Regarding mitochondrial function, a group of Canadian researchers demonstrated that moderate aerobic exercise can help restore mitochondrial function in old age by increasing the production of new mitochondria, promoting the production of antioxidant enzymes, and maintaining cellular fuel output (6). Evidence shows that participating in regular physical activity is the gold standard for maintaining health and reducing chronic disease risk in old age.
A lifelong commitment to organized sports can reward you with health in old age
A group of Danish and Swedish researchers recently published an article on the benefits of long-time organized sports participation in the journal Scientific Reports (7). The study reviewed data from a group of 130 women from different stages of their lifespan. Researchers compared a group of young soccer players against data from a similar group of untrained women of the same age. The authors also compared a group of older, lifelong handball players against similarly aged women who did not participate in sports.
The research team observed the benefits of exercise from a young age, as demonstrated by telomere length and mitochondrial markers. Telomere length was 22–24% higher in the soccer players compared to their untrained peers, and mitochondrial integrity was 19-20% higher for these participants. Even though this study did not show significant differences between telomere length in the groups of older participants, it did show an increase in levels of a molecule that regulates mitochondrial production called PGC-1α for the lifelong handball players. This might be an adaptive response intended to preserve mitochondrial function in old age.
"Our legacy consists of DNA that is packed in chromosomes. When cells divide, the inheritance is copied, but with each cell division the ends of the DNA threads get shorter. The so-called telomeres are shortened, which causes us to age. It is remarkable that engaging in team sports like soccer and handball helps women to maintain longer telomeres and healthy mitochondria. It may potentially increase their health span and, ultimately, lifespan, as shorter telomeres and mitochondrial dysfunction are both associated with a number of age-related diseases and mortality," says senior researcher Muhammad Asghar, the study's shared senior author, of the Department of Medicine, Solna at Karolinska Institutet.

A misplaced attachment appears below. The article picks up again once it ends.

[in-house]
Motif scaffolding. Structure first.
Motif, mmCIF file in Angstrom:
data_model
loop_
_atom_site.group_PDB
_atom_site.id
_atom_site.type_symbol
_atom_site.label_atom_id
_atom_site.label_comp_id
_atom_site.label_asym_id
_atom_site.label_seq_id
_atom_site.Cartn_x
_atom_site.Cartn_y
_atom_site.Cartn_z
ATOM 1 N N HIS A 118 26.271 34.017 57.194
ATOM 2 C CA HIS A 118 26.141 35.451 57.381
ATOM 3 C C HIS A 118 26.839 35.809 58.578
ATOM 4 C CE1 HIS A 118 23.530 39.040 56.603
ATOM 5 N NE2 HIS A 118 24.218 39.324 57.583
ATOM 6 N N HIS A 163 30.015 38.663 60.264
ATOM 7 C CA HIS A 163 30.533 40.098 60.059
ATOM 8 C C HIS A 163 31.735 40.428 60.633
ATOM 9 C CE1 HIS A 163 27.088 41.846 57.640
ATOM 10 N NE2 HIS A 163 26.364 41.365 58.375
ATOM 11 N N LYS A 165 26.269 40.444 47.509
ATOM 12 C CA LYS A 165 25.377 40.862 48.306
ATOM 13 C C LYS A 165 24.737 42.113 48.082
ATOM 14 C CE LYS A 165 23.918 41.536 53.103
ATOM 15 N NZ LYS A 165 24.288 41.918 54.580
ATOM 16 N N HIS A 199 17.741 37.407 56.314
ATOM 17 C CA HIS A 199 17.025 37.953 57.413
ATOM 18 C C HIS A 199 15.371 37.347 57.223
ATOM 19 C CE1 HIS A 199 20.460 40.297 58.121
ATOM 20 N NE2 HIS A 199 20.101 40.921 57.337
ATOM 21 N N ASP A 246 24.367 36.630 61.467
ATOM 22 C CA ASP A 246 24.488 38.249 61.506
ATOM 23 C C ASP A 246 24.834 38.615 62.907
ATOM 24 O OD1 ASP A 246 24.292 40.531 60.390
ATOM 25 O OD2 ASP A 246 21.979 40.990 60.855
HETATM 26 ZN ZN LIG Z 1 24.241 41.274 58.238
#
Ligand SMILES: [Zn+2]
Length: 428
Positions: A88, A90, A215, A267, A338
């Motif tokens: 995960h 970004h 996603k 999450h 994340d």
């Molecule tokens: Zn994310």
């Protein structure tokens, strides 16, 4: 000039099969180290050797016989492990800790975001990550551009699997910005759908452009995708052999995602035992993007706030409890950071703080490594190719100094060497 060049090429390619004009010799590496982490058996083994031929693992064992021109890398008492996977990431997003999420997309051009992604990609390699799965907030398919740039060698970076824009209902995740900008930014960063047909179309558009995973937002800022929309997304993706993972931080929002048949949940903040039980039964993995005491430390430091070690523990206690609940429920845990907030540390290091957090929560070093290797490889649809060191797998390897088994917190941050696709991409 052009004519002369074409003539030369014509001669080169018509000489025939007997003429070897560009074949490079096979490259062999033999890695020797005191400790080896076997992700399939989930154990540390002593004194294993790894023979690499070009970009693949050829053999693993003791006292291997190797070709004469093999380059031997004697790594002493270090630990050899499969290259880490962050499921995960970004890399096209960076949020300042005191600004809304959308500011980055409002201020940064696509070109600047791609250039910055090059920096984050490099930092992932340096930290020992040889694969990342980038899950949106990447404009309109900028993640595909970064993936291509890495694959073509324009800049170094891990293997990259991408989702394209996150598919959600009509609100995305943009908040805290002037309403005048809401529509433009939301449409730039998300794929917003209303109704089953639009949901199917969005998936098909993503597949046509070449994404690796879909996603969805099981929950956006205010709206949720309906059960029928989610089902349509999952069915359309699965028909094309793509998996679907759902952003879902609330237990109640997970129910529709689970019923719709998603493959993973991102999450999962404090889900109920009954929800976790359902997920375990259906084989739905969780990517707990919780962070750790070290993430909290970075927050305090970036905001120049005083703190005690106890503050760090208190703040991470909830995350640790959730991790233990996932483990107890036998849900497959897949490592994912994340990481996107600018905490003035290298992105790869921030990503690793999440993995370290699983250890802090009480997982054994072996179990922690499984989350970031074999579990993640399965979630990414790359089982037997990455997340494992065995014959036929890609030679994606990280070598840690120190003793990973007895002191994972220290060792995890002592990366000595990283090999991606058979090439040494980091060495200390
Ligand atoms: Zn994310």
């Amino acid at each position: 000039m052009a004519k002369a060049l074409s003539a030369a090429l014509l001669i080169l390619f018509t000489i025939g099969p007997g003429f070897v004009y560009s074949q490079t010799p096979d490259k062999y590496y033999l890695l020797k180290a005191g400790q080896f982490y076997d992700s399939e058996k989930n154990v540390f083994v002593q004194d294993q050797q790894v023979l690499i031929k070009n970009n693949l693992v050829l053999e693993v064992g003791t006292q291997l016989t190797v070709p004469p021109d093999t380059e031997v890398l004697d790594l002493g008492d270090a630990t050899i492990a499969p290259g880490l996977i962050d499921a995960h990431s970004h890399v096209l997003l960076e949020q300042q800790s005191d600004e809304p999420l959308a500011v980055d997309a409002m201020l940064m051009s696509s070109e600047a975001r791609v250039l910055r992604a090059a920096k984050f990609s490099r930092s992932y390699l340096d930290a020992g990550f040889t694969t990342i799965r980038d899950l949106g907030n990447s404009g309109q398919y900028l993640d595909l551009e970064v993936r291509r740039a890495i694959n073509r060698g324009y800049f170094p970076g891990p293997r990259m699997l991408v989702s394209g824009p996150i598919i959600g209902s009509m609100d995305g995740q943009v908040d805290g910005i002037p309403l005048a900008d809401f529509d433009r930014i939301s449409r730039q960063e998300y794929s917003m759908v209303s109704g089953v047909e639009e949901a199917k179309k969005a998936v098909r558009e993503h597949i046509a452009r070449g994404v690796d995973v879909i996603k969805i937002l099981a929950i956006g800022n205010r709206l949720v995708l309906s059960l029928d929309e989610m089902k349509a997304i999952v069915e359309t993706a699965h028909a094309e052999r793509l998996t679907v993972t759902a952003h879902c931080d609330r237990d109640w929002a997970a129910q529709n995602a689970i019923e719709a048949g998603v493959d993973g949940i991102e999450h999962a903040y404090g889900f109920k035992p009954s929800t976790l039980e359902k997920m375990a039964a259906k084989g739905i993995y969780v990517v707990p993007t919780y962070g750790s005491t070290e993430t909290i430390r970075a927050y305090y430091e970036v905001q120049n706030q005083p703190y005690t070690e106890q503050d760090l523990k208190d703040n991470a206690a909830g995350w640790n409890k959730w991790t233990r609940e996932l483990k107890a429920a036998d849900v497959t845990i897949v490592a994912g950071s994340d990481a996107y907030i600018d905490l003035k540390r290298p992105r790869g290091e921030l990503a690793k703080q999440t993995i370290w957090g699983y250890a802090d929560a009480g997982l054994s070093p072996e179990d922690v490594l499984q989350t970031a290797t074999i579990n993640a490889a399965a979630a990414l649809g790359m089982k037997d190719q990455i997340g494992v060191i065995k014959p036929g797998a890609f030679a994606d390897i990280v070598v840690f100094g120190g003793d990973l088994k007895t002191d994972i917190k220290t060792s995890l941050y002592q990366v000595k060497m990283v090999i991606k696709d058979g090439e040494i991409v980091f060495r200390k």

These findings add to the evidence that shows the impact of physical activity on two central hallmarks of aging, telomere length and mitochondrial function. This emphasizes the importance of sustained, regular exercise as a way of preserving cellular health and promoting healthy aging. Consistent participation in organized sports carries benefits for all stages of the lifespan.References:
- Herrmann M, Pusceddu I, März W, Herrmann W. Telomere biology and age-related diseases. Clin Chem Lab Med. 2018;56(8):1210-1222. doi:10.1515/cclm-2017-0870
- Njajou OT, Hsueh WC, Blackburn EH, et al. Association between telomere length, specific causes of death, and years of healthy life in health, aging, and body composition, a population-based cohort study. J Gerontol A Biol Sci Med Sci. 2009;64(8):860-864. doi:10.1093/gerona/glp061
- Sahin E, DePinho RA. Axis of ageing: telomeres, p53 and mitochondria. Nat Rev Mol Cell Biol. 2012;13(6):397-404. Published 2012 May 16. doi:10.1038/nrm3352
- Daskalopoulou C, Stubbs B, Kralj C, Koukounari A, Prince M, Prina AM. Physical activity and healthy ageing: A systematic review and meta-analysis of longitudinal cohort studies. Ageing Res Rev. 2017;38:6-17. doi:10.1016/j.arr.2017.06.003
- Werner CM, Hecksteden A, Morsch A, et al. Differential effects of endurance, interval, and resistance training on telomerase activity and telomere length in a randomized, controlled study. Eur Heart J. 2019;40(1):34-46. doi:10.1093/eurheartj/ehy585
- Nilsson MI, Tarnopolsky MA. Mitochondria and Aging-The Role of Exercise as a Countermeasure. Biology (Basel). 2019;8(2):40. Published 2019 May 11. doi:10.3390/biology8020040
- Hagman M, Fristrup B, Michelin R, Krustrup P, Asghar M. Football and team handball training postpone cellular aging in women. Sci Rep. 2021;11(1):11733. Published 2021 Jun 3. doi:10.1038/s41598-021-91255-7